Here's some music to read to, if you decide to read what I'll admit is a B's been up since 8am reading about the Reformation and drinking tea and is clearly addlepated-type Post, but regardless- the End Credits from The Last Crusade, here ya go.

John Williams - End Credits (Raiders March)

Found at

Anyway, McCoy's books featured the (a?) Crystal Skull prominently-- and I know there's a word for it (like Rosebud, bete noir or great white whale or something)-- as an artifact that forever eludes Indy's grasp as he traverses the world and fights fascists, dogged by the Curse of the Crystal Skull, which threatens his lady friend (and he can't! have! sex! cos of it!) Indy first encounters it in the first McCoy book, Indiana Jones & the Philosopher's Stone- as in, yeah, the one they sorta-kinda use in the first Harry Potter book. But this one is way cooler. People's skin peels off and stuff, and if that's not enough, the book starts with a fantastic bang- crazy snake, crazy temple, crazy fascist.

There's no rest for our favorite professor, and in Indiana Jones & the Dinosaur Eggs, Indy manages to destroy the whale in the Natural History Museum before he runs off to to Mongolia with a nun and drinks reindeer pee and has to pay bribes to corrupt bureaucrats. He is accompanied by Wu Han, the poor fuck who cashes his check in the first 10 minutes of Temple of Doom after Kate Capshaw sings a Cole Porter song in what must be Chinese.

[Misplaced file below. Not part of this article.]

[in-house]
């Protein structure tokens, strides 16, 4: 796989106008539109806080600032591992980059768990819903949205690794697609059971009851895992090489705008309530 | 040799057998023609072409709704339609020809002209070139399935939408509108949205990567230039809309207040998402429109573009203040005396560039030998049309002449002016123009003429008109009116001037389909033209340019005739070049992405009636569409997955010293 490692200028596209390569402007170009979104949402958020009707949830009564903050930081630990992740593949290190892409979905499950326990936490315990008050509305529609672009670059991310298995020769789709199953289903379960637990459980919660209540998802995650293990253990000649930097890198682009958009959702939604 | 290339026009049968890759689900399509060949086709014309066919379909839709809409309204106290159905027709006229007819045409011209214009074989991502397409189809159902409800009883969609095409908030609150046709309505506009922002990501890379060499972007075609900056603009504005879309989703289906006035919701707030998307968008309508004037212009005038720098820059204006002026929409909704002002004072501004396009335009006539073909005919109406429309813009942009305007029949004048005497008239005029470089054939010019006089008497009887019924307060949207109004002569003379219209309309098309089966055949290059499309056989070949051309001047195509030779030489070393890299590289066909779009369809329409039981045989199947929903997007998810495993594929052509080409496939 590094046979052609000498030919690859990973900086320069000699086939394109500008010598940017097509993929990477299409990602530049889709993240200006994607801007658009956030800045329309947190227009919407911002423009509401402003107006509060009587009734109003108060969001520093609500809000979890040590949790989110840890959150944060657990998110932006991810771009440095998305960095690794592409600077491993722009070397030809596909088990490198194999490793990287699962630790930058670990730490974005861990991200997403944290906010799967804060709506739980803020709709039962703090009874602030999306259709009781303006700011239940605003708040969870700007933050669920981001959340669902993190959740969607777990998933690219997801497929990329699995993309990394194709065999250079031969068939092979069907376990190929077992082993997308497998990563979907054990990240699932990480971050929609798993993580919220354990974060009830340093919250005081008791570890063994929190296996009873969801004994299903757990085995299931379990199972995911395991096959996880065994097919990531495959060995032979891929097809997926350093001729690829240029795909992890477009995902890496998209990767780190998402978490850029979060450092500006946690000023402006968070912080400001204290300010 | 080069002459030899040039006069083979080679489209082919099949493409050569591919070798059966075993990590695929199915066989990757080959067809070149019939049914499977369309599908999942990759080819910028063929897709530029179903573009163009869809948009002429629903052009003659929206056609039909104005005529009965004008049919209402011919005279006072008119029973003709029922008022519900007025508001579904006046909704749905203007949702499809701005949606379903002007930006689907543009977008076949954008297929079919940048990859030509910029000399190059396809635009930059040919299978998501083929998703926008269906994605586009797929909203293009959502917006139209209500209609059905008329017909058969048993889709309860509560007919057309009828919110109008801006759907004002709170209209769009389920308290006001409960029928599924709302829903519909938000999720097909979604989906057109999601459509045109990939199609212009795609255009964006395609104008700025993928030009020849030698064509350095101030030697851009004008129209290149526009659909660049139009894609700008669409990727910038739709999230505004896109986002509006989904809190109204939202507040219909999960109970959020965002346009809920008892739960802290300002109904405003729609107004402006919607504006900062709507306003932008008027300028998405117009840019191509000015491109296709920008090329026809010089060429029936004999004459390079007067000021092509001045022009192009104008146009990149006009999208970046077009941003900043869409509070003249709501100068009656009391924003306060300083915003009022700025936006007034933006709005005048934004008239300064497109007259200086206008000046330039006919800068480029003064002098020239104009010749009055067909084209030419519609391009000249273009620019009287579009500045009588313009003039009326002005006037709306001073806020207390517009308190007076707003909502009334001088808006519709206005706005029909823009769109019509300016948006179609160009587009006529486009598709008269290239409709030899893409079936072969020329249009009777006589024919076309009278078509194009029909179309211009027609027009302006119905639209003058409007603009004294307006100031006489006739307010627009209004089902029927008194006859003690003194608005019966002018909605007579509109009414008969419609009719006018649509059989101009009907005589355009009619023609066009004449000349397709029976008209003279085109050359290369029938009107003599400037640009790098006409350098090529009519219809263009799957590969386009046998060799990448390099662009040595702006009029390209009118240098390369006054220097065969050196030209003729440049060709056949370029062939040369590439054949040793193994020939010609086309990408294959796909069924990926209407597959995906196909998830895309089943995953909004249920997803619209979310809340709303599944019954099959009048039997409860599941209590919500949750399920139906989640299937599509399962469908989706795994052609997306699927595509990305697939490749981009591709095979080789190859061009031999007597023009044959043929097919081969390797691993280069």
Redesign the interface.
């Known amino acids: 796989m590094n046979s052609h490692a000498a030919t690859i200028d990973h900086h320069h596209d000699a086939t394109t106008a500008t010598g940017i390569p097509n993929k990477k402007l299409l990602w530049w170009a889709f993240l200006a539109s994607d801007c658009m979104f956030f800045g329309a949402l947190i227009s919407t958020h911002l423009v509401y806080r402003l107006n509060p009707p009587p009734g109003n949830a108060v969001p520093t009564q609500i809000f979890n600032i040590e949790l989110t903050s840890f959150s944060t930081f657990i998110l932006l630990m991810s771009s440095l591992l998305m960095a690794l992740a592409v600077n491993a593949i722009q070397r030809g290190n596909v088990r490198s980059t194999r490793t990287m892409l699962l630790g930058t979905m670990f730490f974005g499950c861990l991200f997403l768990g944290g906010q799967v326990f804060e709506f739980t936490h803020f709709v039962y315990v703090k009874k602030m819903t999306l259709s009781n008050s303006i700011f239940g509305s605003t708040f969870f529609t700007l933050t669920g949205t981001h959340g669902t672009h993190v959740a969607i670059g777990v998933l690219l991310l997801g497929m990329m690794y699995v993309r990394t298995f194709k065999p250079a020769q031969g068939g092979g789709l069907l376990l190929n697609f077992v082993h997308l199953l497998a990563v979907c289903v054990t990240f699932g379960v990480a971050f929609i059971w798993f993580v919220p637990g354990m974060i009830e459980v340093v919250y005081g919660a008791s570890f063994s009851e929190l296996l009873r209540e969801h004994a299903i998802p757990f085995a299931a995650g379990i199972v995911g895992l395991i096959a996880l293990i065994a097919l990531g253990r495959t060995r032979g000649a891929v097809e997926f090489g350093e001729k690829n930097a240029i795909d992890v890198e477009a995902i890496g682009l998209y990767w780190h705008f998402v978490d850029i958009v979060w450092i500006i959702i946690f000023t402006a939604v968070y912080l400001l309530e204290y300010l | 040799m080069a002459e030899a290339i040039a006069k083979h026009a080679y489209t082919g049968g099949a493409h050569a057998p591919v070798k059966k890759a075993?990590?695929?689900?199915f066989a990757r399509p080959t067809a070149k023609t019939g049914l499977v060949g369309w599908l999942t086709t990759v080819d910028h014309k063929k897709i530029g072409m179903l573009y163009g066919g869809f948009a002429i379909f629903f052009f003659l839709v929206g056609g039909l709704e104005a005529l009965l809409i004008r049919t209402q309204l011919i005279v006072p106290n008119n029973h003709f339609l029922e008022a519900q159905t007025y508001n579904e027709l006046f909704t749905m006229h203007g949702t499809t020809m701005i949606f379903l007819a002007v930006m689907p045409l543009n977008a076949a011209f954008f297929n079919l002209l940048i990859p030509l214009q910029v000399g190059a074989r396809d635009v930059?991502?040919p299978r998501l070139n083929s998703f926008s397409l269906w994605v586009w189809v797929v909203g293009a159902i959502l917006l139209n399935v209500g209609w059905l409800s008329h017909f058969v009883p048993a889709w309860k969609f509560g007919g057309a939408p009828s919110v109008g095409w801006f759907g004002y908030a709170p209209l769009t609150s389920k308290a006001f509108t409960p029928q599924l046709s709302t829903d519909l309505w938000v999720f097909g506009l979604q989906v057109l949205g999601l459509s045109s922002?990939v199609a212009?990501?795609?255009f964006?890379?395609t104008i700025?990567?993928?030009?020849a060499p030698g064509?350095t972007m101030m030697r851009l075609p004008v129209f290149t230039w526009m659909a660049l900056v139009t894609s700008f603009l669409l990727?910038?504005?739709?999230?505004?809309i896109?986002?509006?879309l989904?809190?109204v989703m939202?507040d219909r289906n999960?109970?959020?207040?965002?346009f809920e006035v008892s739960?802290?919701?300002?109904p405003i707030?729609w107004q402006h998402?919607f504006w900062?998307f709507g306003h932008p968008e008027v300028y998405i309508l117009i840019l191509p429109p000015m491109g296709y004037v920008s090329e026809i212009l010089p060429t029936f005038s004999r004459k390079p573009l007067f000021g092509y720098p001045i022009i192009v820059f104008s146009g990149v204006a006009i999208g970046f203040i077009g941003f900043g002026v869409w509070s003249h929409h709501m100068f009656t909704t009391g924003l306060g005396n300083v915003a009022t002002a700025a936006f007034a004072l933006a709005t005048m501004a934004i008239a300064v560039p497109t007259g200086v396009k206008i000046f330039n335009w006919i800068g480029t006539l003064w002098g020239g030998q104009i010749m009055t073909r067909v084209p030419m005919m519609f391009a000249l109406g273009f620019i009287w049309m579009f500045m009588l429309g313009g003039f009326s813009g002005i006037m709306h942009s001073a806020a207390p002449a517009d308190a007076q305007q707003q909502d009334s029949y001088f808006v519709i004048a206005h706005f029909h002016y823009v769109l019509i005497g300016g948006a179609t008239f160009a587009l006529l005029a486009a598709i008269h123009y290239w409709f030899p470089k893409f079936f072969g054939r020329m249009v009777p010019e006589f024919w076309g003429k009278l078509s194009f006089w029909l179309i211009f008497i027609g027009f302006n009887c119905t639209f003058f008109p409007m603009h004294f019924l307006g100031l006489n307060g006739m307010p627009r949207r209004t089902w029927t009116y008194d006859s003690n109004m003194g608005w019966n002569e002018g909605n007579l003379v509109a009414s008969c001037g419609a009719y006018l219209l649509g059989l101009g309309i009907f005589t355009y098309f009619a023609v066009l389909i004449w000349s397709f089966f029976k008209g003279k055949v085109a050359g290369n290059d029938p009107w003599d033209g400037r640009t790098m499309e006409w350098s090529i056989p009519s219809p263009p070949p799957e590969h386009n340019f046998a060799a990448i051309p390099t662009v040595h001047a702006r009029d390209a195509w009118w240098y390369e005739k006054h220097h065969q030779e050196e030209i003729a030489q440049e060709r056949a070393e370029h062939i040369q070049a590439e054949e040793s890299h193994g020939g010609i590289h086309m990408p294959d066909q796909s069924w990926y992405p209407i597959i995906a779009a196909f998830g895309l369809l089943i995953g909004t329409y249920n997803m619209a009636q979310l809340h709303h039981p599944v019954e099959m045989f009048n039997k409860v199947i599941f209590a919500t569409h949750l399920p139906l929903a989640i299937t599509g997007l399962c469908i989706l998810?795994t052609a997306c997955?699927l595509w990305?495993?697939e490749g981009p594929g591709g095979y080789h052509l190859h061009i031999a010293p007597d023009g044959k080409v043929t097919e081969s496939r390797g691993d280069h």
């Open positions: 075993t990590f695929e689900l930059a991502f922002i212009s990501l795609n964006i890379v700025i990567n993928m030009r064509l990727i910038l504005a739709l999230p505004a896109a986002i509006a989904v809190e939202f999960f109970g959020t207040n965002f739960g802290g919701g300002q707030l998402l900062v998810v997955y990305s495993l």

In Indiana Jones & the Hollow Earth, Indy teams up with some crazy Viking woman and this totally cool kid named Sparks and the most awesome pilot Ever (I'm not joking, he should be made a part of the Rogues), but that's only after punching out a famous bank robber and getting himself stuck in a cave AND fighting racism.

McCoy's run, and the series, ends with Indiana Jones & the Secret of the Sphinx, where Indy totally gets himself stabbed by some crazy Japanese chick while trying to help some lady find her husband. Sallah's in this one, too.

I mean. Really, if you don't think this sounds cool (Nazis! Gangsters! Dirigibles! Thule Society! The Omega Book! Shaitan! Dogs!) you don't like adventure.

It's interesting to see his take on Indy, who becomes more and more cynical as the books progress but is definitely not the cad that he is in the films. McCoy always forms a colorful cast and embeds the stories into the history of the times as well as into the mythology of the series, with a nice emphasis on Indy as a professor, coming to his own in the field. ('His own' being breaking all the rules, it seems.) McCoy also provides an afterword for each book that details the historical setting and facts, and it's here that his writing skills are especially evident. Reading his non-fiction is just as easy and fun as reading the fiction that has come before it, and it's clear that the man has done his research, and all the better for the story and the plot.